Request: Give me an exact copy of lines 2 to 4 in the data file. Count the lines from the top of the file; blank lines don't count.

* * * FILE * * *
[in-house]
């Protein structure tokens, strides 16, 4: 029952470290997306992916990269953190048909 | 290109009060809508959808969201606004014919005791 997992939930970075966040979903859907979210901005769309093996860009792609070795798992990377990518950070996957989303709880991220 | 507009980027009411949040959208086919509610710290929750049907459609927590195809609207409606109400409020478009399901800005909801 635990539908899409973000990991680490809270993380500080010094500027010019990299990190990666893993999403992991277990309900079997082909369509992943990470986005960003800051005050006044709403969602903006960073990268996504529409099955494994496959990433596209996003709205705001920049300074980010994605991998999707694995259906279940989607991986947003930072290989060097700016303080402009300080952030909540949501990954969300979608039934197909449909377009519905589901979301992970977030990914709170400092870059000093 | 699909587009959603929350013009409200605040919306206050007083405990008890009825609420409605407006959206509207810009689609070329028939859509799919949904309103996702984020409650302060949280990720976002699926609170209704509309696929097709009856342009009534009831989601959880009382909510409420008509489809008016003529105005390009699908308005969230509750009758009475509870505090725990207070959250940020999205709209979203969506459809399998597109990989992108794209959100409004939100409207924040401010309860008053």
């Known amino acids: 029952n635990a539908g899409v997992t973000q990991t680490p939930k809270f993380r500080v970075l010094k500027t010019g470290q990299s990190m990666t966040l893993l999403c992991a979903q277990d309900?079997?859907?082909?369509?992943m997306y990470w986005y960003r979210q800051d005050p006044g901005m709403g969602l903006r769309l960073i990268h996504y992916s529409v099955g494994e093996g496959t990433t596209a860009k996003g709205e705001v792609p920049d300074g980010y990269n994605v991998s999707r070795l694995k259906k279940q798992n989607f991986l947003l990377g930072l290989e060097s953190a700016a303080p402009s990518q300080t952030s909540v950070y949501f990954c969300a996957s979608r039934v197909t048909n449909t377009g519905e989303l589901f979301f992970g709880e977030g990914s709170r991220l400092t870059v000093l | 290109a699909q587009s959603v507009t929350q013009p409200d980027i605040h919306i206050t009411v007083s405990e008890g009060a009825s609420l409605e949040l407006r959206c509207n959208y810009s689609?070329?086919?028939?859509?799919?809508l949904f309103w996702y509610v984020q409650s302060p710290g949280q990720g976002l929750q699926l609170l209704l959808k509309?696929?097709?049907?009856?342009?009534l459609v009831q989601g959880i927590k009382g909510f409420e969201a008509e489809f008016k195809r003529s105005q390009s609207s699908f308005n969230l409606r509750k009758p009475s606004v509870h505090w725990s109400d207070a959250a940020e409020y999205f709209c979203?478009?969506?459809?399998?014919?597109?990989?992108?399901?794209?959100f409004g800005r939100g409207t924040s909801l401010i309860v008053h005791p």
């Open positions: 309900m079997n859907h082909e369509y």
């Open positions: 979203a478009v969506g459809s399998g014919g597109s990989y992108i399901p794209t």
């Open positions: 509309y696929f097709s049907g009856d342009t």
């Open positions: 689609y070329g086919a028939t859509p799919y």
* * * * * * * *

């Protein structure tokens, strides 16, 4: 029952470290997306992916990269953190048909 | 290109009060809508959808969201606004014919005791 997992939930970075966040979903859907979210901005769309093996860009792609070795798992990377990518950070996957989303709880991220 | 507009980027009411949040959208086919509610710290929750049907459609927590195809609207409606109400409020478009399901800005909801 635990539908899409973000990991680490809270993380500080010094500027010019990299990190990666893993999403992991277990309900079997082909369509992943990470986005960003800051005050006044709403969602903006960073990268996504529409099955494994496959990433596209996003709205705001920049300074980010994605991998999707694995259906279940989607991986947003930072290989060097700016303080402009300080952030909540949501990954969300979608039934197909449909377009519905589901979301992970977030990914709170400092870059000093 | 699909587009959603929350013009409200605040919306206050007083405990008890009825609420409605407006959206509207810009689609070329028939859509799919949904309103996702984020409650302060949280990720976002699926609170209704509309696929097709009856342009009534009831989601959880009382909510409420008509489809008016003529105005390009699908308005969230509750009758009475509870505090725990207070959250940020999205709209979203969506459809399998597109990989992108794209959100409004939100409207924040401010309860008053």
């Known amino acids: 029952n635990a539908g899409v997992t973000q990991t680490p939930k809270f993380r500080v970075l010094k500027t010019g470290q990299s990190m990666t966040l893993l999403c992991a979903q277990d309900?079997?859907?082909?369509?992943m997306y990470w986005y960003r979210q800051d005050p006044g901005m709403g969602l903006r769309l960073i990268h996504y992916s529409v099955g494994e093996g496959t990433t596209a860009k996003g709205e705001v792609p920049d300074g980010y990269n994605v991998s999707r070795l694995k259906k279940q798992n989607f991986l947003l990377g930072l290989e060097s953190a700016a303080p402009s990518q300080t952030s909540v950070y949501f990954c969300a996957s979608r039934v197909t048909n449909t377009g519905e989303l589901f979301f992970g709880e977030g990914s709170r991220l400092t870059v000093l | 290109a699909q587009s959603v507009t929350q013009p409200d980027i605040h919306i206050t009411v007083s405990e008890g009060a009825s609420l409605e949040l407006r959206c509207n959208y810009s689609?070329?086919?028939?859509?799919?809508l949904f309103w996702y509610v984020q409650s302060p710290g949280q990720g976002l929750q699926l609170l209704l959808k509309?696929?097709?049907?009856?342009?009534l459609v009831q989601g959880i927590k009382g909510f409420e969201a008509e489809f008016k195809r003529s105005q390009s609207s699908f308005n969230l409606r509750k009758p009475s606004v509870h505090w725990s109400d207070a959250a940020e409020y999205f709209c979203?478009?969506?459809?399998?014919?597109?990989?992108?399901?794209?959100f409004g800005r939100g409207t924040s909801l401010i309860v008053h005791p």
């Open positions: 309900m079997n859907h082909e369509y």